Church in South Sudan Invited to share in Pope Francis' "pilgrimage of peace" During Visit

Bishop Christian Carlassare of South Sudan's Rumbek Diocese. Credit: Rumbek Diocese

The Bishop of the Catholic Diocese of Rumbek in South Sudan has invited people of different faiths in the East-Central African nation to prepare to join Pope Francis in his "pilgrimage of faith" during the Holy Father's planned Ecumenical visit to the country.

Pope Francis is expected to visit South Sudan between February 3 and 5 next year in what has been described as an Ecumenical Pilgrimage of Peace in the African nation that has been experiencing protracted violence. 

The Holy Father’s pastoral trip to Africa will, however, start on January 31 in the Democratic Republic of the Congo (DRC), before joining the Archbishop of Canterbury, Justin Welby, and the Moderator of the Church of Scotland, Iain Greenshields for the South Sudan visit.

In a Christmas message shared with ACI Africa, Bishop Christian Carlassare of the Catholic Diocese of Rumbek in South Sudan invites the people of God in the country to embrace the Holy Father's visit as an opportunity to work for peace and reconciliation in the country.

"Pope Francis will soon come to visit us (on February 3-5, 2023). He said that his coming to South Sudan is a pilgrimage of peace undertaken together with leaders of other Christian denominations. Let us join him in this pilgrimage and continue to work for peace and reconciliation," Bishop Carlassare says in the Friday, December 16 message. 


He adds, "Let us continue to pray for peace in our country. Peace is not simply a goal or a future achievement. It is a path: a narrow path. And we have to walk that way all along and all together. We won’t cross the finish line unless we start the journey and we keep walking together."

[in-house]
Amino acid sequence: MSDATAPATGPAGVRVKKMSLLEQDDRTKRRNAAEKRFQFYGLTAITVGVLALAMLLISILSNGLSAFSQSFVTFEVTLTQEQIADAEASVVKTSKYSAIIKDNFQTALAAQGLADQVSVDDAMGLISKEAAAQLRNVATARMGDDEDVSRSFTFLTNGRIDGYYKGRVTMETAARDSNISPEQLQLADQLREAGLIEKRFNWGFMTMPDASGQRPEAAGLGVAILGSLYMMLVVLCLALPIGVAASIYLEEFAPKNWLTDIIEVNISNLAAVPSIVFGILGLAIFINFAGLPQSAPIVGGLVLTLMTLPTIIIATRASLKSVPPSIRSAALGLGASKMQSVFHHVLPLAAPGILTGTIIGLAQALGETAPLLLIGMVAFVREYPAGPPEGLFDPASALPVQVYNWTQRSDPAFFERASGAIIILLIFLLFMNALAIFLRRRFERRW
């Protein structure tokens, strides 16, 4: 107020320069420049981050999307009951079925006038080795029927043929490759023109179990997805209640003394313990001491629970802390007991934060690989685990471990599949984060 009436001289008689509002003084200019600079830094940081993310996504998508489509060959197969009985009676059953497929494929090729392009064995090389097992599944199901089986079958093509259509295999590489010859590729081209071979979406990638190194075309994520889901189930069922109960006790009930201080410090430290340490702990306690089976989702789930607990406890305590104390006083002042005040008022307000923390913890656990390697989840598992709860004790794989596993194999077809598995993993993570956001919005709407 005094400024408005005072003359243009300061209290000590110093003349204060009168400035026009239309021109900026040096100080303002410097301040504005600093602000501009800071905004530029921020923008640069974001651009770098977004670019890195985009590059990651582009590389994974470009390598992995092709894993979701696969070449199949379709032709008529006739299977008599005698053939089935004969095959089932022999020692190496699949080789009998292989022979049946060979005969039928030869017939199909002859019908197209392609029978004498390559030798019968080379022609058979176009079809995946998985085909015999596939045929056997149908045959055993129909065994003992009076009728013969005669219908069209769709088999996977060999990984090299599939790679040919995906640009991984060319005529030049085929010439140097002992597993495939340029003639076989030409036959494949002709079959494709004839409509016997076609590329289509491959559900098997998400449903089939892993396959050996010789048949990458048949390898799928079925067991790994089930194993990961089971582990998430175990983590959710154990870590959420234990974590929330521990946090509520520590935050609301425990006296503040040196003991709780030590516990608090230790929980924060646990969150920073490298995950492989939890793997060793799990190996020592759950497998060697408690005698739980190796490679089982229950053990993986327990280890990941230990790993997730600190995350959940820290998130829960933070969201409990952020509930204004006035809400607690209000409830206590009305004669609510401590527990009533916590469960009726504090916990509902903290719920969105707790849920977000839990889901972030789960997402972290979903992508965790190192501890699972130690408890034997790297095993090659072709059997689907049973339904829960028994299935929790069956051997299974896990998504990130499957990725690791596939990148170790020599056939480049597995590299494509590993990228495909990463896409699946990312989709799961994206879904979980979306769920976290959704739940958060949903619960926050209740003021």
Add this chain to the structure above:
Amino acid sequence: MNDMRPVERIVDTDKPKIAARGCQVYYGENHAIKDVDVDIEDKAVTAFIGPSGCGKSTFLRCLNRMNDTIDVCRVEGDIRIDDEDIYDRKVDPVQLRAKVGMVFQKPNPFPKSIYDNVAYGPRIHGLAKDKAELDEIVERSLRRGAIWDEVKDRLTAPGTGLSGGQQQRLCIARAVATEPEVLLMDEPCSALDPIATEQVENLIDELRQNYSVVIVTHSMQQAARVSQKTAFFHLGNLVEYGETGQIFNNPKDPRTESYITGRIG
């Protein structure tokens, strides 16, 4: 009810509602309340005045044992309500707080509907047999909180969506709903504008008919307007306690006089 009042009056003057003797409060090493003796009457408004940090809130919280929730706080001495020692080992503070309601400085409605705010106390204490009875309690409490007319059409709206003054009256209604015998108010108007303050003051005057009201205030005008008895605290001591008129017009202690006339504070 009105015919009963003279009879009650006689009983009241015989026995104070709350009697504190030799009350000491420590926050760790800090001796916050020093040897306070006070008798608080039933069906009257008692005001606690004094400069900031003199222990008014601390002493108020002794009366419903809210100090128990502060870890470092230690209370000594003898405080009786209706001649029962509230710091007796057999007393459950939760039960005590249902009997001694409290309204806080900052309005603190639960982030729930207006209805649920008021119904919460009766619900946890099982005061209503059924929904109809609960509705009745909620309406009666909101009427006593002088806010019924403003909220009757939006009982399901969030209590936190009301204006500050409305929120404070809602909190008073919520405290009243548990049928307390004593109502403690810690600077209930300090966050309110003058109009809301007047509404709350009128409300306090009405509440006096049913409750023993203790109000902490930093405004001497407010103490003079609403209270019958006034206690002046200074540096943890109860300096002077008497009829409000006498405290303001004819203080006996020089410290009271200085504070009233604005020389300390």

In his message, the member of the Comboni Missionaries (MCCJ) who was ordained Bishop of Rumbek on March 25 shares the joy of celebrating his first Christmas as Prelate in South Sudan.

"I thank God for giving me the joy of celebrating Christmas in Rumbek this year. And I also thank each one of you for being here and nurturing the birth of baby Jesus in our communities," the Italian-born Bishop who has ministered in South Sudan since 2005 says.

He implores, "May the celebration of Christmas bring us together to be the family of God."

Bishop Carlassare’s Christmas tribute in his poem, "What is Man", is an invitation for the people of God in South Sudan to live in solidarity, letting go of their "tribal instincts". Here is the poem:

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What is Man? 

At Christmas I ask for no other gift than this 

as your human face Lord, I seek 

thus, let my eyes contemplate it 

and my hands touch it 


and the heart rejoices at his beauty. 

Haven’t you seen me? 18 times I have been born in Africa for you my son and this time you will find me abandoned under a Rumbek tree 

dark-skinned child gathered in the arms of a young girl 

do not disdain my condition because of my brothers 

discarded and sold for a pair of sandals or so. 

(Story continues below)

That's where I am born and nowhere else, so unexpectedly 

among humiliated people, slumped in the mud with broken legs 

victims of subtle violence and reckless lust for wealth 

I am born among people determined to raise and make peace 

defending dignity, bearing witness to the truth, doing justice. 

If we are deprived of the grace of your face there is no remedy for humiliation and in fact, there can be no reflected beauty in the world 

if there is no emancipation from the tribal instincts of friend against enemy and one learns to live solidarity among the humiliated as a way of life 

recognizing, in the transparent gaze of child Jesus, the reflection of a brother and sister. 

Agnes Aineah is a Kenyan journalist with a background in digital and newspaper reporting. She holds a Master of Arts in Digital Journalism from the Aga Khan University, Graduate School of Media and Communications and a Bachelor's Degree in Linguistics, Media and Communications from Kenya's Moi University. Agnes currently serves as a journalist for ACI Africa.